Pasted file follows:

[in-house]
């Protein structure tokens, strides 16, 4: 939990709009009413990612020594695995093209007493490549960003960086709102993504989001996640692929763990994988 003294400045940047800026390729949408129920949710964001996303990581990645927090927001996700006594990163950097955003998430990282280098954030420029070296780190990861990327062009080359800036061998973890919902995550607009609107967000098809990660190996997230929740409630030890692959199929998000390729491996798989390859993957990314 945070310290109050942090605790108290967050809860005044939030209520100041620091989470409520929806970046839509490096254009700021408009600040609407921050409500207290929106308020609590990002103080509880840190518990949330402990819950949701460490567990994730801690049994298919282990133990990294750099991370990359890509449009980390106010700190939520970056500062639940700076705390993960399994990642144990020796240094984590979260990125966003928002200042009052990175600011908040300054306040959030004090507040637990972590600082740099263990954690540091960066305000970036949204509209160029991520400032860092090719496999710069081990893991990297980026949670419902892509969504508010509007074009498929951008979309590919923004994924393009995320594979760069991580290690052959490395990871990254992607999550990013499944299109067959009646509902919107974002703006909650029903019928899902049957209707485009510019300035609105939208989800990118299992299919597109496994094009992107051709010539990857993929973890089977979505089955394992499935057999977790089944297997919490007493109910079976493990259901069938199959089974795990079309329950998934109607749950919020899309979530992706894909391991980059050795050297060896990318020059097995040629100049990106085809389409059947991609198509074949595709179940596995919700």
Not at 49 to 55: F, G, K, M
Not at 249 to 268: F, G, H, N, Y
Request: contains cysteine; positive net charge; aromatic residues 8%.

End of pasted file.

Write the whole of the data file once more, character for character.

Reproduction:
[in-house]
């Protein structure tokens, strides 16, 4: 939990709009009413990612020594695995093209007493490549960003960086709102993504989001996640692929763990994988 003294400045940047800026390729949408129920949710964001996303990581990645927090927001996700006594990163950097955003998430990282280098954030420029070296780190990861990327062009080359800036061998973890919902995550607009609107967000098809990660190996997230929740409630030890692959199929998000390729491996798989390859993957990314 945070310290109050942090605790108290967050809860005044939030209520100041620091989470409520929806970046839509490096254009700021408009600040609407921050409500207290929106308020609590990002103080509880840190518990949330402990819950949701460490567990994730801690049994298919282990133990990294750099991370990359890509449009980390106010700190939520970056500062639940700076705390993960399994990642144990020796240094984590979260990125966003928002200042009052990175600011908040300054306040959030004090507040637990972590600082740099263990954690540091960066305000970036949204509209160029991520400032860092090719496999710069081990893991990297980026949670419902892509969504508010509007074009498929951008979309590919923004994924393009995320594979760069991580290690052959490395990871990254992607999550990013499944299109067959009646509902919107974002703006909650029903019928899902049957209707485009510019300035609105939208989800990118299992299919597109496994094009992107051709010539990857993929973890089977979505089955394992499935057999977790089944297997919490007493109910079976493990259901069938199959089974795990079309329950998934109607749950919020899309979530992706894909391991980059050795050297060896990318020059097995040629100049990106085809389409059947991609198509074949595709179940596995919700």
Not at 49 to 55: F, G, K, M
Not at 249 to 268: F, G, H, N, Y
Request: contains cysteine; positive net charge; aromatic residues 8%.